The NHS’s real terms income from treating private patients declined in 2010 for the fifth year, according to market analysts Laing and Buisson.

The 2011-12 Laing’s Healthcare Market Review reports that NHS private patient revenues were £445m in 2010, a year-on-year fall of 1.6 per cent in real terms.

“There has been no significant growth in NHS private patient income since the early 2000s,” the report states.

“For much of the 2000s weak demand for non-cosmetic self-pay and overseas private healthcare demand, which is a major source of funding for trusts providing private patient services, has held back growth.”

It says it is not a certainty whether government plans to lift the “cap” on foundation trusts’ private patient income will greatly expand their private services. In the early 1990s private hospitals had fears about expansion of NHS services, but these proved “off the mark”.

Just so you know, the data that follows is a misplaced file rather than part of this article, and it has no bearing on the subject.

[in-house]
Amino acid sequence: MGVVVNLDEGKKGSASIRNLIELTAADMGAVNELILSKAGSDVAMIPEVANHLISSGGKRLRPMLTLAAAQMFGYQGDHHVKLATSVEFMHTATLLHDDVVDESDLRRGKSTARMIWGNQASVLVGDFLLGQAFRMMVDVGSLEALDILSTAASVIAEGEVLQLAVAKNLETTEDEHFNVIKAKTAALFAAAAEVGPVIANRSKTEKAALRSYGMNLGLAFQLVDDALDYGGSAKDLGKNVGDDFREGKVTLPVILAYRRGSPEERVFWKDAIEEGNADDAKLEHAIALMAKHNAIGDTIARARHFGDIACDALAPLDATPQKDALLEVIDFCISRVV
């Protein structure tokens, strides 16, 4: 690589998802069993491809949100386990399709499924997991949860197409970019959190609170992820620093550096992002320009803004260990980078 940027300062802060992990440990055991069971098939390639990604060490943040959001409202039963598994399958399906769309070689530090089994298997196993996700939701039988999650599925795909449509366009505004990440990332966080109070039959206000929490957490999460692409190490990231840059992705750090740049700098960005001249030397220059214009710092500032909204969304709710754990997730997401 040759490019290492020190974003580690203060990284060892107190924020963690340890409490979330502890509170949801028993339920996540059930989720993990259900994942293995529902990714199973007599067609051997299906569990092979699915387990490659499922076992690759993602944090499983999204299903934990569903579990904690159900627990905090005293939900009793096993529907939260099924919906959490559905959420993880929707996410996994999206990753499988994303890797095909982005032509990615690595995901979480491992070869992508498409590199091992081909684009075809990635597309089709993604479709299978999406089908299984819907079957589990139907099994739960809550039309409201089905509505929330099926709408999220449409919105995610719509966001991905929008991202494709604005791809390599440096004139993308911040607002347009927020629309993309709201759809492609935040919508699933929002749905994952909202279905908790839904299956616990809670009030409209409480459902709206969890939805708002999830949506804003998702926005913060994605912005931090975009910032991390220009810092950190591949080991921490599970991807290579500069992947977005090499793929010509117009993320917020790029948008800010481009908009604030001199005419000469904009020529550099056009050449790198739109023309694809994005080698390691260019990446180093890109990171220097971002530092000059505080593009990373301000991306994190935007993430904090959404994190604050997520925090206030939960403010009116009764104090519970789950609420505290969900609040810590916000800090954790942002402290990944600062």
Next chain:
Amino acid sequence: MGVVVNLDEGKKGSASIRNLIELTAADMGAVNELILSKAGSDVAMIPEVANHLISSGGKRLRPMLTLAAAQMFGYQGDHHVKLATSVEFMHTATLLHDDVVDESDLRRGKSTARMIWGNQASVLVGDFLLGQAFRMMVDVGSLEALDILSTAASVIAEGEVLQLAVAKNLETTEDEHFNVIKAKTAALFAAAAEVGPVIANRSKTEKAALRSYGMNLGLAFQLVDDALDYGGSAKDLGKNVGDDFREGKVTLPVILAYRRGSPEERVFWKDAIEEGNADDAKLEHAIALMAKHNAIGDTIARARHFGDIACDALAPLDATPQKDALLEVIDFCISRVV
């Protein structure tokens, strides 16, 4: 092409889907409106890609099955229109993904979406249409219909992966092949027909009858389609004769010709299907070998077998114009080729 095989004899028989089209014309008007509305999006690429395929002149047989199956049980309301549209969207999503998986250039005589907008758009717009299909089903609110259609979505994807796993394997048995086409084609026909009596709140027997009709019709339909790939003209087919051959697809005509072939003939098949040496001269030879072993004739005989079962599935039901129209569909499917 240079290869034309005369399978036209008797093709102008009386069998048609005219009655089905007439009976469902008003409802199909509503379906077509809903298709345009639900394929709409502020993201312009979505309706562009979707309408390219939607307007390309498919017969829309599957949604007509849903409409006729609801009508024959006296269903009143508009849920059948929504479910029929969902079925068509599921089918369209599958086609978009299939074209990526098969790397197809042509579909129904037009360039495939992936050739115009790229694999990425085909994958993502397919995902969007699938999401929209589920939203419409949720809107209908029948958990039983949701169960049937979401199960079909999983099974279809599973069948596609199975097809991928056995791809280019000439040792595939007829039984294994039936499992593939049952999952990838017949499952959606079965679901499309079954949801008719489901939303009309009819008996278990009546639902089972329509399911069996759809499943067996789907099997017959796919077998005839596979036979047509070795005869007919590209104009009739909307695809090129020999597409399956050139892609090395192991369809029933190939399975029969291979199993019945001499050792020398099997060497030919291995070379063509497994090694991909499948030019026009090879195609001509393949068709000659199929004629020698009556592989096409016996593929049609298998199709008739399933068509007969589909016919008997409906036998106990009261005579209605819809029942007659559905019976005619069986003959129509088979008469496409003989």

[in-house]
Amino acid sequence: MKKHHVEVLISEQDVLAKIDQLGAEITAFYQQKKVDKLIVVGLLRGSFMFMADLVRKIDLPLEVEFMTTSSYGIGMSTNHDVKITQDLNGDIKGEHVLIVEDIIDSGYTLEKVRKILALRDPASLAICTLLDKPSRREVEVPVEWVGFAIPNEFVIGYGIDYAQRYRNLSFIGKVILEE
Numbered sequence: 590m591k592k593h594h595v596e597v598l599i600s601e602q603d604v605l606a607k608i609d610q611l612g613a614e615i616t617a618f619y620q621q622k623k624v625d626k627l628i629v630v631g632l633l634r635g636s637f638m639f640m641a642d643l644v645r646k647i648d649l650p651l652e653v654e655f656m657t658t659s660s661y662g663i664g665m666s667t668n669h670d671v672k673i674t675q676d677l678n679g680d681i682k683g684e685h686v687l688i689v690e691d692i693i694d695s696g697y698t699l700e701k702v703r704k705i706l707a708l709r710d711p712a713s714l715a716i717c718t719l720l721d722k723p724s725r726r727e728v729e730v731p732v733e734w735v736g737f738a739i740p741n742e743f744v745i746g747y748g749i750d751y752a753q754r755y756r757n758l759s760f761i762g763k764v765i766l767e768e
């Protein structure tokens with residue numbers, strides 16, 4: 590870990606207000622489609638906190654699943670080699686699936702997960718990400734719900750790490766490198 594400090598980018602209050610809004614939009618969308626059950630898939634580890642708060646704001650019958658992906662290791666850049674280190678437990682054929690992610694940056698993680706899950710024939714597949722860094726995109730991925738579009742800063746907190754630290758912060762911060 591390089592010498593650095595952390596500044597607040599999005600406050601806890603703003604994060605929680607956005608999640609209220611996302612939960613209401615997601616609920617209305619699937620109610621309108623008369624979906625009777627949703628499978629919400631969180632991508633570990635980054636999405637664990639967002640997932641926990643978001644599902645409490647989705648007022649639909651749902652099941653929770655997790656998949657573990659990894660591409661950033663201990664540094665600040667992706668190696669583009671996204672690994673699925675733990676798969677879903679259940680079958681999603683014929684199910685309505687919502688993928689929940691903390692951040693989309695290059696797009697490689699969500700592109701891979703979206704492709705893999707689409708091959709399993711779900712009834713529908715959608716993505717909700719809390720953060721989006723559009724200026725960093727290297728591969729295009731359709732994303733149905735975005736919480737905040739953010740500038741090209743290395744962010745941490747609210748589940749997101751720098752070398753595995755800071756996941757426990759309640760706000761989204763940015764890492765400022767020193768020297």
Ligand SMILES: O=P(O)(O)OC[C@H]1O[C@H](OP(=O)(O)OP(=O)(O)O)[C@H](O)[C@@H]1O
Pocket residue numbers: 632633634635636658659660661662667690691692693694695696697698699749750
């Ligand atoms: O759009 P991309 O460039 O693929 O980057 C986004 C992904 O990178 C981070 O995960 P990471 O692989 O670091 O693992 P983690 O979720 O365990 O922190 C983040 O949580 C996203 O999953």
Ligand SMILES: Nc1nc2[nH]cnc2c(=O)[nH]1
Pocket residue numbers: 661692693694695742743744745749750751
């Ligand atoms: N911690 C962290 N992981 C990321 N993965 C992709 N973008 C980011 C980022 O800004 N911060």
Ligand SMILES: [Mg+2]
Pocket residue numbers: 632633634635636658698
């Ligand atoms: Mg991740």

“Crucial to the prosperity of NHS private patient services will be inclusion on the networks [of preferred providers maintained by] leading medical insurers,” the report states. “Exclusion of a large number of [private patient units] by Bupa and AXA PPP healthcare throughout the 2000s was probably a key reason holding back revenue growth.”